The Korea Herald


[Herald Interview] Wolfgang’s Steakhouse puts meat ahead of chef for success

By Korea Herald

Published : March 23, 2015 - 19:13

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Seoul is fast becoming a battlefield for steakhouses as Wolfgang’s Steakhouse ― one of New York’s best high-end steakhouse chains ― started its operations Monday.

But what is the most important in a good piece of steak is the ingredient itself rather than having a star-chef, said Peter Zwiener, managing partner of the restaurant, showing his disdain for the current restaurant craze of showcasing renowned chefs. 

Peter Zwiener (right) and his father Wolfgang Zwiener make a toast in southern Seoul on Thursday. (Wolfgang’s Steakhouse) Peter Zwiener (right) and his father Wolfgang Zwiener make a toast in southern Seoul on Thursday. (Wolfgang’s Steakhouse)

The steakhouse is named after his father Wolfgang Zwiener. After having worked as the service staff at the legendary steakhouse Peter Luger’s in New York for more than 40 years, Wolfgang opened a restaurant to share his own standard of steak. The Seoul outlet is situated in the heart of affluent Cheongdam-dong in southern Seoul.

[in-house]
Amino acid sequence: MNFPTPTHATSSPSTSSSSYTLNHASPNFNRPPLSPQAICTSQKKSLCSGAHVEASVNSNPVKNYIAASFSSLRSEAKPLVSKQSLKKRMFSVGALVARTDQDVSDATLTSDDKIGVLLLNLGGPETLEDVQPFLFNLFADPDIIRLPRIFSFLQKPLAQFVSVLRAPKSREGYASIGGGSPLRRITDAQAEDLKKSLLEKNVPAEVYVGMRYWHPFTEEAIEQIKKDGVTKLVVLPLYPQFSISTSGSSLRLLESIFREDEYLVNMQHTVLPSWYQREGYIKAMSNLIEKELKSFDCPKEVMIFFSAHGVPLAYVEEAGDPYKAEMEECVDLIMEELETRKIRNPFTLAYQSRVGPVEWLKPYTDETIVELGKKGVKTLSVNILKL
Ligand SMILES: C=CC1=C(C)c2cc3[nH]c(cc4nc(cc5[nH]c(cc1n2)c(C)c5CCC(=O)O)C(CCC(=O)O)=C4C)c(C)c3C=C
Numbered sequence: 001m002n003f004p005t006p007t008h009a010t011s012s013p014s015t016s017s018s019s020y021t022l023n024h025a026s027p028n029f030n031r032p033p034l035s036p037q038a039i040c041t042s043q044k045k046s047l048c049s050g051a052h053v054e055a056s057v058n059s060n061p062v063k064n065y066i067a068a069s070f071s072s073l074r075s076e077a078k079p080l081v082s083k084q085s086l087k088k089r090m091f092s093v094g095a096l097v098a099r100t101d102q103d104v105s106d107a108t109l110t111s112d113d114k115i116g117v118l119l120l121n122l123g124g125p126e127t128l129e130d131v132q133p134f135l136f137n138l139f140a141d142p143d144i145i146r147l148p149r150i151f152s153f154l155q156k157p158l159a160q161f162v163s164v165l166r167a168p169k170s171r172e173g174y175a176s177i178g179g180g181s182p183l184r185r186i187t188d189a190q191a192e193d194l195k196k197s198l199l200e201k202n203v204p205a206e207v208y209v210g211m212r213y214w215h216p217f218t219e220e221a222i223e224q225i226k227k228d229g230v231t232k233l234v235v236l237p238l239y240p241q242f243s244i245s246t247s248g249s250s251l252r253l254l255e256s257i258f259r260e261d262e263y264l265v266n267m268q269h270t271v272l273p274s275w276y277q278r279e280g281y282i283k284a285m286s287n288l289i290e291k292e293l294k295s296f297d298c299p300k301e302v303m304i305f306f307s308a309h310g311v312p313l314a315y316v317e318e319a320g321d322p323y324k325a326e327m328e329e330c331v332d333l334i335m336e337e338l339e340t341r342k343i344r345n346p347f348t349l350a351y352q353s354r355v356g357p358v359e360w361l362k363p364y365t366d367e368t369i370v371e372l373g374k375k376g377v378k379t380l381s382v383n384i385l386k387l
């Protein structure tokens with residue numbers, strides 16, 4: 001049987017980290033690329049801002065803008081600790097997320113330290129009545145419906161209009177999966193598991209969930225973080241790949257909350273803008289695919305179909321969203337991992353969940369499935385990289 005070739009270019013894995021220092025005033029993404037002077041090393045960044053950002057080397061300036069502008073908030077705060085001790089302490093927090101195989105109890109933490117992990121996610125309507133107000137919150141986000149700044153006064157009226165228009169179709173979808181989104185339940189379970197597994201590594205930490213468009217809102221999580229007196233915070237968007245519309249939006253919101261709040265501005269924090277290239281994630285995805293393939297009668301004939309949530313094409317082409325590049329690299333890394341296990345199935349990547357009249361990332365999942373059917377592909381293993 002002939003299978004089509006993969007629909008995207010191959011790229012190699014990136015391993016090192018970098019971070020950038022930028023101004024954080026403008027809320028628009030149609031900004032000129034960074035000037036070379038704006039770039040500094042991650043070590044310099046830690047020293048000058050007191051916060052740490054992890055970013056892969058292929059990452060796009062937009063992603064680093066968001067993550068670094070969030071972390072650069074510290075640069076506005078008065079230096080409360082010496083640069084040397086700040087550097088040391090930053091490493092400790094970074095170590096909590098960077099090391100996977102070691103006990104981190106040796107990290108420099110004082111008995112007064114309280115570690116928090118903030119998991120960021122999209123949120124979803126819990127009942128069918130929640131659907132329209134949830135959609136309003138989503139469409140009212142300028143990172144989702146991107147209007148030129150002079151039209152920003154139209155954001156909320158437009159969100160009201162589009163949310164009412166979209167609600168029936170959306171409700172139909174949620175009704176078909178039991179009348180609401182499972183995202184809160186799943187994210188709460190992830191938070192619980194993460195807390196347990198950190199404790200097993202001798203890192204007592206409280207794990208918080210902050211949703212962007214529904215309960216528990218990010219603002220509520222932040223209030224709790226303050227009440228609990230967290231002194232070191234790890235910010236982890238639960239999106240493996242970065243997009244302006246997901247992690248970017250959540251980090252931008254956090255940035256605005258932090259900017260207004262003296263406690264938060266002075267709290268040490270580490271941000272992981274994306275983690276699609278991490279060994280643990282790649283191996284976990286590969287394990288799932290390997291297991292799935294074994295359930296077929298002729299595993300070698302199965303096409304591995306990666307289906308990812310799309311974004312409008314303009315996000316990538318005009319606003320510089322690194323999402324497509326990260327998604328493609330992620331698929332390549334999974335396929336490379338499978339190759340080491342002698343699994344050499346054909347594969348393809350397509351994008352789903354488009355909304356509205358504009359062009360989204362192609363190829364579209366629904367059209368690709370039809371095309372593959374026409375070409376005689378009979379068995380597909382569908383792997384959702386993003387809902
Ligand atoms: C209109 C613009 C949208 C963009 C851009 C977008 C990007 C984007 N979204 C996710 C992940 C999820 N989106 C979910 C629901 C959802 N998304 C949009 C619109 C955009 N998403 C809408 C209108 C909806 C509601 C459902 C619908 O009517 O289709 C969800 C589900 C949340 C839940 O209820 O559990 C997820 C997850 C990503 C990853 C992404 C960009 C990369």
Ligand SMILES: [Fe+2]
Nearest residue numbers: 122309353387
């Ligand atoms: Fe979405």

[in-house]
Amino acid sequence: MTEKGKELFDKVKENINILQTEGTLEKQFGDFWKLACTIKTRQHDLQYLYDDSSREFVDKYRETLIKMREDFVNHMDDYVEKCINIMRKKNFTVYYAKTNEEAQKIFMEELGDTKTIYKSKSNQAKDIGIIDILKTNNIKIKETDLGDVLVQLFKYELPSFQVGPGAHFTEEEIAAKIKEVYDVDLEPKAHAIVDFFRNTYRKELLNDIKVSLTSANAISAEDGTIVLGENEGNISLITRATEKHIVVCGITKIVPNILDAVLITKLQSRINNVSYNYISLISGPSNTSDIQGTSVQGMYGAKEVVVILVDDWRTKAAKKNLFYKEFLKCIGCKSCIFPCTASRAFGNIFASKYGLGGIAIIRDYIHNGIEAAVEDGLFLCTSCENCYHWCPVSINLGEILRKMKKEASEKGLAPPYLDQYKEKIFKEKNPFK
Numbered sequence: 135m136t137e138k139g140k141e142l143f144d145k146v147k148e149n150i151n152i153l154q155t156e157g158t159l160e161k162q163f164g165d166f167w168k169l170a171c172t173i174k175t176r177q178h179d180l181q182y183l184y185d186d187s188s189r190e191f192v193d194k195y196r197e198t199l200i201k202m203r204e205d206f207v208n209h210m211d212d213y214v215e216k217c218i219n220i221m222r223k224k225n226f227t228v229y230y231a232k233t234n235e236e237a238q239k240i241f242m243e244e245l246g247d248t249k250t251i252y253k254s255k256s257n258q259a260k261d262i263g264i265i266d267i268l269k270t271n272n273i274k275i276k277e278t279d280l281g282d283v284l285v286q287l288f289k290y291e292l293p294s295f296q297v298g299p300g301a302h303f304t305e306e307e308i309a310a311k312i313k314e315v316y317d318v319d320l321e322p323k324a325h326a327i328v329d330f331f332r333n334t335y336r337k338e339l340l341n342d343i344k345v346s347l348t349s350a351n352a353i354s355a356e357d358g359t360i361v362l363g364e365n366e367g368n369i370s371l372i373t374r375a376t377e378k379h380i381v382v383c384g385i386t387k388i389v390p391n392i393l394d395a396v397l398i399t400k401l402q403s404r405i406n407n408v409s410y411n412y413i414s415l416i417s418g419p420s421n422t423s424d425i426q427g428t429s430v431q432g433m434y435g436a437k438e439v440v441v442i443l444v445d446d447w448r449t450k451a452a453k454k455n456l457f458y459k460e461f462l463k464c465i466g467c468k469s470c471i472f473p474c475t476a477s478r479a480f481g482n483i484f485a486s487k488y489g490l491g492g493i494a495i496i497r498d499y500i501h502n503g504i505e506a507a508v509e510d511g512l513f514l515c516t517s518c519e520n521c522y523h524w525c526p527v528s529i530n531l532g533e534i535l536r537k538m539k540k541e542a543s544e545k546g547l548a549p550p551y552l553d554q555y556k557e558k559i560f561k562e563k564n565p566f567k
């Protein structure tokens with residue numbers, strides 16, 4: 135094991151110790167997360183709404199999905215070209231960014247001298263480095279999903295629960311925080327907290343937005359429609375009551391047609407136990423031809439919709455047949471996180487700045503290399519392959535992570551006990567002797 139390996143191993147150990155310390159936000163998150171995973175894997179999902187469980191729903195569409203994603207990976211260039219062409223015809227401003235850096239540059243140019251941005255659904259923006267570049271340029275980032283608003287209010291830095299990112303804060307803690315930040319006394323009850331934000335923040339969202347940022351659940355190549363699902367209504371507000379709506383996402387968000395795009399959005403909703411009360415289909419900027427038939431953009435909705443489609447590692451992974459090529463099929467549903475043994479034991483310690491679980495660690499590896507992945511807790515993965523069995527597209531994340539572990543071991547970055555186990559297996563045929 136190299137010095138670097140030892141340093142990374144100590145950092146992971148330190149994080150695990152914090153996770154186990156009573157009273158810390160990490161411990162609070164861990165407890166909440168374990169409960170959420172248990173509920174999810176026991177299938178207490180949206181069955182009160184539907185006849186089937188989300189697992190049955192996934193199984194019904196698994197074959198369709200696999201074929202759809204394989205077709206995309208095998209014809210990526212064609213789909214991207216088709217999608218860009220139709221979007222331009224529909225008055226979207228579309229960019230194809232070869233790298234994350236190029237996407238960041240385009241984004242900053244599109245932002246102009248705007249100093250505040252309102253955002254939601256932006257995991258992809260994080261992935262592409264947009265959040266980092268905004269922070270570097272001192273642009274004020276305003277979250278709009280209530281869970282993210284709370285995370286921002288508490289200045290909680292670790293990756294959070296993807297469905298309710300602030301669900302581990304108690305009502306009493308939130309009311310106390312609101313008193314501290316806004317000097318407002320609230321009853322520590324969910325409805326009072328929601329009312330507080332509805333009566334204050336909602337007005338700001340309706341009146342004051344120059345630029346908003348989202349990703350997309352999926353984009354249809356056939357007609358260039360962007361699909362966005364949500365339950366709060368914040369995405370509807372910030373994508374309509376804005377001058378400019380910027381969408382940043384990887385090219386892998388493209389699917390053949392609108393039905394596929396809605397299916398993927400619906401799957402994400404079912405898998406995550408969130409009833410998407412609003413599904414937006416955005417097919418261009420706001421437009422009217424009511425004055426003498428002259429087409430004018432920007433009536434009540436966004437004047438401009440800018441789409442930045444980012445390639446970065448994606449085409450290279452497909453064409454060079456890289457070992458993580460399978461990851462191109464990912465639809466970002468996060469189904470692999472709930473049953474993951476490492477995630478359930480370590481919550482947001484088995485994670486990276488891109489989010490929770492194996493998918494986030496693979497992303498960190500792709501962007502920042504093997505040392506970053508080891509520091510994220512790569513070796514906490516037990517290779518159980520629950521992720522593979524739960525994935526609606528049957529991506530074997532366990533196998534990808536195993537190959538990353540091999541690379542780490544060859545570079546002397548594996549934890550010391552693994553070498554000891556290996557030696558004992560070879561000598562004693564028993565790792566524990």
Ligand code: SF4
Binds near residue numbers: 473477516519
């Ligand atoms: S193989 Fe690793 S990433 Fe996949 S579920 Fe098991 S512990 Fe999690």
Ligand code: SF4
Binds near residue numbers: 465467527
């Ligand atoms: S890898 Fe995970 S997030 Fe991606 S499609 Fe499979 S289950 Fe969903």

“It is all about the beef. If the beef is right, other things do not matter. We only use USDA Prime Grade Black Angus, carefully dry-aged for 28 days, roasted in the 1,600 degree-broiler and served by the best staff. This was how we have rapidly become one of the best steakhouses in New York,” junior Zwiener told The Korea Herald ahead of the opening.

“We even recommend our customers not to use too much sauce to enjoy the real and intensive flavor of the meat. I believe this is our strength,” he said.

Though the Seoul outlet is the company’s second in Asia and 11th worldwide, the provision of the top-quality U.S. beef is made possible through a special partnership with wholesaler Master Purveyors. The USDA Prime Grade Black Angus accounts for less than 3 percent of the U.S. beef.

Asked about the jaw-dropping price ― the signature Porterhouse for Two is priced at 168,000 won ($155) ― Zwiener stressed that dry aging is a delicate process and the price at the end of the day is reasonable.

“The meat shrinks by 10-15 percent in size. And the portion for two comes in 1 kilogram meat, so judging by the 100 gram unit, we are cheaper than any others in the market,” he said.

Tera International, the Korean partner of the company, said people who have already experienced the restaurant have made reservations and doing viral promotions about the diner’s signature Seafood platter, Porterhouse steak and Wolfgang Steakhouse.

“I was told that Koreans have started enjoying dry-aged steaks from barbecues. We will show the authentic dry-aged steak and lead the market here,” Zwiener said.

By Bae Ji-sook (